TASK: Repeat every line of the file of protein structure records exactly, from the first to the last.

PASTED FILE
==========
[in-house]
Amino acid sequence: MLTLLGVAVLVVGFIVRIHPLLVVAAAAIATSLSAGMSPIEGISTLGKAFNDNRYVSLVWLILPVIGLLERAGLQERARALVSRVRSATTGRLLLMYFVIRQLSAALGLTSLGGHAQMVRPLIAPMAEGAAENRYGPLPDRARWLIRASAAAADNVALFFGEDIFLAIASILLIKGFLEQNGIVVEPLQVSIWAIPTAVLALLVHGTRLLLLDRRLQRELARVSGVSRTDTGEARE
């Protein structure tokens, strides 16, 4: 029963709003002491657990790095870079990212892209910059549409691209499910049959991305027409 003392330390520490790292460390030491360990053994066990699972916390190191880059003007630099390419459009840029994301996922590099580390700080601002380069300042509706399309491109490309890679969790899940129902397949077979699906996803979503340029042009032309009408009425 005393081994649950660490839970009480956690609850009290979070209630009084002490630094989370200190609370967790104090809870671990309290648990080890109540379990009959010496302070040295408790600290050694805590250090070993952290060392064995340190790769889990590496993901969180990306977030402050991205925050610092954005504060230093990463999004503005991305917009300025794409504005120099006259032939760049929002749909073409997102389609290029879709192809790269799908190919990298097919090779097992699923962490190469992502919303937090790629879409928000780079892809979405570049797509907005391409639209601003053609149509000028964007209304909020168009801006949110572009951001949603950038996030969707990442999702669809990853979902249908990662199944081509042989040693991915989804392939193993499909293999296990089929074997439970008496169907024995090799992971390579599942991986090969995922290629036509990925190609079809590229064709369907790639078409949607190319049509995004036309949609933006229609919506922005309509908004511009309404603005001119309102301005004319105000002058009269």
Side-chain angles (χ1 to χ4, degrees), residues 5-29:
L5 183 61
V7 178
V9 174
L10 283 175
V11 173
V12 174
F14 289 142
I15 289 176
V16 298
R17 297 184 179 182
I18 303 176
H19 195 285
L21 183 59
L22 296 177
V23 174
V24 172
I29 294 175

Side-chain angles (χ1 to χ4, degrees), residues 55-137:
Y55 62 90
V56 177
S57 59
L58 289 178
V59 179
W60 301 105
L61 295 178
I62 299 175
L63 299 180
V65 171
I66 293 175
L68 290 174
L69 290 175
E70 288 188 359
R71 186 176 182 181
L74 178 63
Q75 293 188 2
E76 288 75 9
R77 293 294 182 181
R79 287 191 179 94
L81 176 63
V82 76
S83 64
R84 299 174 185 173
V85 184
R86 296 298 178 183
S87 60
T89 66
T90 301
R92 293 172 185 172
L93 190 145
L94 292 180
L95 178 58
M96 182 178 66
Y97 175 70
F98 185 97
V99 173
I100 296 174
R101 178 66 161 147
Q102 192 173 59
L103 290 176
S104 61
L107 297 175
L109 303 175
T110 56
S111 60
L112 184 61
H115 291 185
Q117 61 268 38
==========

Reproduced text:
[in-house]
Amino acid sequence: MLTLLGVAVLVVGFIVRIHPLLVVAAAAIATSLSAGMSPIEGISTLGKAFNDNRYVSLVWLILPVIGLLERAGLQERARALVSRVRSATTGRLLLMYFVIRQLSAALGLTSLGGHAQMVRPLIAPMAEGAAENRYGPLPDRARWLIRASAAAADNVALFFGEDIFLAIASILLIKGFLEQNGIVVEPLQVSIWAIPTAVLALLVHGTRLLLLDRRLQRELARVSGVSRTDTGEARE
């Protein structure tokens, strides 16, 4: 029963709003002491657990790095870079990212892209910059549409691209499910049959991305027409 003392330390520490790292460390030491360990053994066990699972916390190191880059003007630099390419459009840029994301996922590099580390700080601002380069300042509706399309491109490309890679969790899940129902397949077979699906996803979503340029042009032309009408009425 005393081994649950660490839970009480956690609850009290979070209630009084002490630094989370200190609370967790104090809870671990309290648990080890109540379990009959010496302070040295408790600290050694805590250090070993952290060392064995340190790769889990590496993901969180990306977030402050991205925050610092954005504060230093990463999004503005991305917009300025794409504005120099006259032939760049929002749909073409997102389609290029879709192809790269799908190919990298097919090779097992699923962490190469992502919303937090790629879409928000780079892809979405570049797509907005391409639209601003053609149509000028964007209304909020168009801006949110572009951001949603950038996030969707990442999702669809990853979902249908990662199944081509042989040693991915989804392939193993499909293999296990089929074997439970008496169907024995090799992971390579599942991986090969995922290629036509990925190609079809590229064709369907790639078409949607190319049509995004036309949609933006229609919506922005309509908004511009309404603005001119309102301005004319105000002058009269």
Side-chain angles (χ1 to χ4, degrees), residues 5-29:
L5 183 61
V7 178
V9 174
L10 283 175
V11 173
V12 174
F14 289 142
I15 289 176
V16 298
R17 297 184 179 182
I18 303 176
H19 195 285
L21 183 59
L22 296 177
V23 174
V24 172
I29 294 175

Side-chain angles (χ1 to χ4, degrees), residues 55-137:
Y55 62 90
V56 177
S57 59
L58 289 178
V59 179
W60 301 105
L61 295 178
I62 299 175
L63 299 180
V65 171
I66 293 175
L68 290 174
L69 290 175
E70 288 188 359
R71 186 176 182 181
L74 178 63
Q75 293 188 2
E76 288 75 9
R77 293 294 182 181
R79 287 191 179 94
L81 176 63
V82 76
S83 64
R84 299 174 185 173
V85 184
R86 296 298 178 183
S87 60
T89 66
T90 301
R92 293 172 185 172
L93 190 145
L94 292 180
L95 178 58
M96 182 178 66
Y97 175 70
F98 185 97
V99 173
I100 296 174
R101 178 66 161 147
Q102 192 173 59
L103 290 176
S104 61
L107 297 175
L109 303 175
T110 56
S111 60
L112 184 61
H115 291 185
Q117 61 268 38